Mold and mildew prevention begins with hay moisture testing before baling. Shown is an infield, windrow hay moisture test.
The hay, in the case of this picture alfalfa, must measure 19% moisture or less in the windrow before we will bale.
Old timers would moisture test their hay by picking up a number of stems, break the stem and visually observe the stems moisture to judge if that hay was dry enough to bale. We chose to trust in technology being more reliable than visual inspection alone.
Windrow testing is done by walking through a hay field after cutting and selecting every dozen or so windrows to take a large handful of hay into a clean, dry bucket and then apply the hay moisture tester probe and take a reading of that hay's sample. We then repeat the same taking hay from the top and bottom of the windrow. The plastic bucket insures the hay probe is contacting only hay and not ground moisture.
If the first samples read at 19% or less we continue to sample to insure the entire field is ready for baling. If part of the field is along a shaded tree line that section will most likely test higher moisture than the rest of the field and baled last. If the first couple of moisture readings exceed 19% we stop, do not bale, return in two to three hours to retest.
Once the hay passes the infield windrow moisture testing we bale. Later we change over to the bale probe and double check bales in the field before barn storage and later in the barn. The ideal bales should read again at 19% or lower (picture right).
Frequently hay bales in the barn will read above 19% even after the same hay in windrows tested lower. Old timers would describe this as the bales sweating. What does occur is the hay when compacted under significant baling pressure forces the moisture out of the hay making it more available to the hay moisture test probe. The hay bale in the picture at right reading 16% moisture is well after having been baled and did read higher than 19% immediately after being baled. That moisture inside the bale will take longer to migrate out of the bale.
There is consequence to insuring the hay moisture readings are low as a mold and mildew degradation prevention and that is sun bleaching the green out of the hay. The hay will always get some degree of sun bleaching as we do not have the equipment for artificial drying. An expense that would increase the cost of the hay bales exceeding market values. The amount of sun bleach will be variable due to natural ground and air humidity. This is a case of choices. We choose to take mold and mildew prevention measures at the cost of greener hay bales as a means of attaining higher overall hay quality.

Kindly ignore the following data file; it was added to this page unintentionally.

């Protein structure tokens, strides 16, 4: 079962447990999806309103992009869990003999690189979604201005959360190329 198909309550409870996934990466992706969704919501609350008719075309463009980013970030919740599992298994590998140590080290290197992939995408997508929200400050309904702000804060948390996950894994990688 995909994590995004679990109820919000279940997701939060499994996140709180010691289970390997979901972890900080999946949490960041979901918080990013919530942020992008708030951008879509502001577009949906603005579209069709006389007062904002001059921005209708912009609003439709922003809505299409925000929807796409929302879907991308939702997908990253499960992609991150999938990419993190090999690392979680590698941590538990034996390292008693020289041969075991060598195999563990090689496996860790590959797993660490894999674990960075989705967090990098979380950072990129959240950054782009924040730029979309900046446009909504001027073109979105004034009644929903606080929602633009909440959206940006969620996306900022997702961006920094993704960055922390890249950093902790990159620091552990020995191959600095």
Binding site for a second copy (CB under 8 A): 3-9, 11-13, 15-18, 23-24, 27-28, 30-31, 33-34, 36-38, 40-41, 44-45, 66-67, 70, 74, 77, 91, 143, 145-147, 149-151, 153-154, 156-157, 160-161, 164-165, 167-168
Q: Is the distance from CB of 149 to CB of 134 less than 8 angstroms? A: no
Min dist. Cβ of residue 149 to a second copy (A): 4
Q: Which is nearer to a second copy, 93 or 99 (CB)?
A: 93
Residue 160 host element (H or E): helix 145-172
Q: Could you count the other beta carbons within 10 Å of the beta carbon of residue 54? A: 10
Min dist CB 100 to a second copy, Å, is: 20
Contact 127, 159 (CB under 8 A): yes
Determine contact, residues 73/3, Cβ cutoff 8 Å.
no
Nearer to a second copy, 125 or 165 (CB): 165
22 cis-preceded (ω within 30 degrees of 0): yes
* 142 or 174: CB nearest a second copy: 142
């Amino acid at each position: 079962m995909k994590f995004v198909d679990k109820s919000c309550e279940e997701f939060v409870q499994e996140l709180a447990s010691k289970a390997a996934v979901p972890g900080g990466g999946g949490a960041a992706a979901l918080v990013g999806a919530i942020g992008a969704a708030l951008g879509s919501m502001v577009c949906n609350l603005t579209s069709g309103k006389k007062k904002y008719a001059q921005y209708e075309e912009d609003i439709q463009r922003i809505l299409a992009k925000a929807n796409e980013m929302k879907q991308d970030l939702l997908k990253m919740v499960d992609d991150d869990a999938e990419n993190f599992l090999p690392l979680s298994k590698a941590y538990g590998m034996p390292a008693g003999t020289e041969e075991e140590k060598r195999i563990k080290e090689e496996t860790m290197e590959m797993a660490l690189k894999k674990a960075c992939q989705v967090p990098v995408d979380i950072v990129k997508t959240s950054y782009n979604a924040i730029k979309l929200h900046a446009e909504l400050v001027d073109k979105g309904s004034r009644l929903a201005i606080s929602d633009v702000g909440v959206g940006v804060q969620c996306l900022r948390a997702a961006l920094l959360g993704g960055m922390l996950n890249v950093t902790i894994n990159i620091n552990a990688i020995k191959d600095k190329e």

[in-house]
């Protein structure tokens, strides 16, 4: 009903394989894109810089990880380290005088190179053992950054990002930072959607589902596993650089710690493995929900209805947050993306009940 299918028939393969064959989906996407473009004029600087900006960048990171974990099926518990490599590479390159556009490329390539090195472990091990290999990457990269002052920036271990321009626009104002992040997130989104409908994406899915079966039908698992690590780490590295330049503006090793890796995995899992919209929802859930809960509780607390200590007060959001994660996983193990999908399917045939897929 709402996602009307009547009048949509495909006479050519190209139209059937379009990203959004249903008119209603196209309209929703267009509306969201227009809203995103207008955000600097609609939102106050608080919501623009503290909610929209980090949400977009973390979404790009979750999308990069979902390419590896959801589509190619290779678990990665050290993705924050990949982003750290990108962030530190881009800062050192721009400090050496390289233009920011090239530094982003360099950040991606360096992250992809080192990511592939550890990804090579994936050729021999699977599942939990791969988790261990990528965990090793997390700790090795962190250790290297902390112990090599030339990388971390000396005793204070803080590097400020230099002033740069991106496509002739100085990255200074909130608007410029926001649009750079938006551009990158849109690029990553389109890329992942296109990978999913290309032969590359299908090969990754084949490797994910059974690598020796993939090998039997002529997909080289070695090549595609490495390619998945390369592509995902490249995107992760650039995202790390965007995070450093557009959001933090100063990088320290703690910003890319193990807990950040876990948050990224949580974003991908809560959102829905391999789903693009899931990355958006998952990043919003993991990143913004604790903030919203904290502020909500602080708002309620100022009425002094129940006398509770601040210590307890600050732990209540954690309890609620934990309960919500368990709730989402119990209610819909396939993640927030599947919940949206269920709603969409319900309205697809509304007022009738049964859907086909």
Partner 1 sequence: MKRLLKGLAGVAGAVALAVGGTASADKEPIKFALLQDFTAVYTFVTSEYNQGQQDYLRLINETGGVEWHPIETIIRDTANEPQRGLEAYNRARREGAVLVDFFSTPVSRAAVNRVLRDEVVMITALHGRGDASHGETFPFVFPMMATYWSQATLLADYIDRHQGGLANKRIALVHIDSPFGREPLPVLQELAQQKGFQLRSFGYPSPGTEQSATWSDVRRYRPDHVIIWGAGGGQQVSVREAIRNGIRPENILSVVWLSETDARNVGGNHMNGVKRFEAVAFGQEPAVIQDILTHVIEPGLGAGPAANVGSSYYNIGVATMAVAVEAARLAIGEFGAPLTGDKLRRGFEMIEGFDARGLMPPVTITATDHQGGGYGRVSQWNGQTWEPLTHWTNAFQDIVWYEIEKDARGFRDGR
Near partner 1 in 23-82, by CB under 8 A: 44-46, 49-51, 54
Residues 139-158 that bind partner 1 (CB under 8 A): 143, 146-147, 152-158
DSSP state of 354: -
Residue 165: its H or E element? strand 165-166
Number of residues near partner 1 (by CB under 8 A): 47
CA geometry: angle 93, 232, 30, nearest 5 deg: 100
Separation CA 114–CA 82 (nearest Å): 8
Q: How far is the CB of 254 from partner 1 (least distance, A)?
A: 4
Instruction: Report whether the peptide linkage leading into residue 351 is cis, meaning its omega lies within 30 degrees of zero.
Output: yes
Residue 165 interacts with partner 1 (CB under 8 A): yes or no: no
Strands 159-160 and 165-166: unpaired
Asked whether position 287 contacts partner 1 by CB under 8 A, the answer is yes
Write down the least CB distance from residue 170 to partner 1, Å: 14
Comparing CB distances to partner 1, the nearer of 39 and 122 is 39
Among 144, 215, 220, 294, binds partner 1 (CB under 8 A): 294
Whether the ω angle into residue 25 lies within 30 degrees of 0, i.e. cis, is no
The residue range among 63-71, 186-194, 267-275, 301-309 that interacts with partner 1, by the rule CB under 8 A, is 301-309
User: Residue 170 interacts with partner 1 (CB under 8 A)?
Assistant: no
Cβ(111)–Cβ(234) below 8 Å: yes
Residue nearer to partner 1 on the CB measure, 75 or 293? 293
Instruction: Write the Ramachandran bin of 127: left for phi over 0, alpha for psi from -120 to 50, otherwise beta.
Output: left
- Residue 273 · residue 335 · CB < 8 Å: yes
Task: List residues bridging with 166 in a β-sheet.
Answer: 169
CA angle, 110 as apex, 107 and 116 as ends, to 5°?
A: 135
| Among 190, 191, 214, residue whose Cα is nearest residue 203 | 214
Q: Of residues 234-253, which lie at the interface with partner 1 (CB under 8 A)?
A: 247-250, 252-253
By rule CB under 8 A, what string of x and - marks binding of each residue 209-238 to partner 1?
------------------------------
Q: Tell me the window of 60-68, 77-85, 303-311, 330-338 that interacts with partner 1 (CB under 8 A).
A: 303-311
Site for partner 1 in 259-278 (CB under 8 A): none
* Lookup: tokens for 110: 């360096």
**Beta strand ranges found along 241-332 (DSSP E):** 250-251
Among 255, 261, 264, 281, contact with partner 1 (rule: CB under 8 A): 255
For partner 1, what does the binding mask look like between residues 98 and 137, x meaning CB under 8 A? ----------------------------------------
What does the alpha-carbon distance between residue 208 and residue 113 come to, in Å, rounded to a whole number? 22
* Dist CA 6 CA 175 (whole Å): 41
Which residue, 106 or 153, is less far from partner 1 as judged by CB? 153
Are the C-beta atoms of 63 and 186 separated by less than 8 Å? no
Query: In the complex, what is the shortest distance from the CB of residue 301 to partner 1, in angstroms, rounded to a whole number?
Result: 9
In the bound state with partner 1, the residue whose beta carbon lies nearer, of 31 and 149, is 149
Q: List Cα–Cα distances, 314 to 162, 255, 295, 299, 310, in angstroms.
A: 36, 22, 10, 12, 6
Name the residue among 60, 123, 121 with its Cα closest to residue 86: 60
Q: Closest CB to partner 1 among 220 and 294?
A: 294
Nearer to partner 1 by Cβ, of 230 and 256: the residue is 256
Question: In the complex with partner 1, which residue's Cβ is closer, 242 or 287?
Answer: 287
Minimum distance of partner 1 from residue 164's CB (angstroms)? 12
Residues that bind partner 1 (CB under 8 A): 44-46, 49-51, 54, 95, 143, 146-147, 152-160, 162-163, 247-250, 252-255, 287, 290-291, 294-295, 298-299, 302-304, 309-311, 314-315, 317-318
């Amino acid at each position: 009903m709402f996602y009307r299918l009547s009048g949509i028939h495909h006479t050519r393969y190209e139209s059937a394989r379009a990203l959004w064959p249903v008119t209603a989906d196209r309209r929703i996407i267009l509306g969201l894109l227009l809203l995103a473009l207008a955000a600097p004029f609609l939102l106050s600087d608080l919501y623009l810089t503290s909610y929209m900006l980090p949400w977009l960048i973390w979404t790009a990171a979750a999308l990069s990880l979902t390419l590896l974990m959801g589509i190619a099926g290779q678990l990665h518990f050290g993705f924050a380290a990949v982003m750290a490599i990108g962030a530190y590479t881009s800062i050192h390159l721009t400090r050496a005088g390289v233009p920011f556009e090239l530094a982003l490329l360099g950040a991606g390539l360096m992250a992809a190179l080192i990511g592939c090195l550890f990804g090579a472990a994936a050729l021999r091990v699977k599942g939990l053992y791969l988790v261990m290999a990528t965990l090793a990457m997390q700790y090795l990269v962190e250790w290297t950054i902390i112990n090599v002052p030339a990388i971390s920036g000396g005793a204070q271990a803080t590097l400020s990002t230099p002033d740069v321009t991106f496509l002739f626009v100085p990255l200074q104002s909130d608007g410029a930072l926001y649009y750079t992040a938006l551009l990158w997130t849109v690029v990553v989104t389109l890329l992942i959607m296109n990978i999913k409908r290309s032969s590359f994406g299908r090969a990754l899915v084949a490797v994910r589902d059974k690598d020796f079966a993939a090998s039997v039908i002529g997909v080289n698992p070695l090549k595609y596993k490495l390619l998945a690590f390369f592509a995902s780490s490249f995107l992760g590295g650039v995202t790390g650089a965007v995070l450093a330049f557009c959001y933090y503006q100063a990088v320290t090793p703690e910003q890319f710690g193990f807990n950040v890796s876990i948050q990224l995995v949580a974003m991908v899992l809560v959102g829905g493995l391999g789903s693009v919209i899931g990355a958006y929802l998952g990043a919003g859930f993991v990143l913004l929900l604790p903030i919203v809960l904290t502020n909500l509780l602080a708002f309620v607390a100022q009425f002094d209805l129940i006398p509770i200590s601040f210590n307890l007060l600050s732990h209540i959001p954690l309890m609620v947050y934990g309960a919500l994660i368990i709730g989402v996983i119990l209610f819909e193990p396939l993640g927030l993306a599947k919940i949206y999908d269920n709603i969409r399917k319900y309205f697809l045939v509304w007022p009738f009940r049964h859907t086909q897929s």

Bales once baled at 19% and barn stored in the summer will continue to lose moisture with decreasing moisture ratings bottoming out between 9 and 11% by December.
Hay sampling for nutrition testing.
|Sample taking is by a drill powered hay bale bore that when inserted from the end of the hay bale perpendicular to the flakes takes a cross sampling of whatever is in that bale.|
|This type of bore sampler collects a far better representation of what is in a bale rather than the more common method of hand selecting a sample.|
|We take a sample from one bale from every wagon load that comes to the barn with each wagon load representing a different part of the field. This allows for an averaging of the entire field rather than a sampling from one bale being representative of only that bale's part of the hay field.|
After about 8 to 15 bales the samples are dumped into a brown grocery bag, mixed and then sent to the hay testing service. The number of bales varies based on the size of the field. It takes a fair number of bales to get the pound or so testing labs prefer.
What that sample looks like is shown below.
This sample is a true cross section of many alfalfa bales. The different size stems reflect the larger main alfalfa plant stalk as well as smaller branches, and leaves as well. Taking samples this way will always make for lower test results than the reported test averages.
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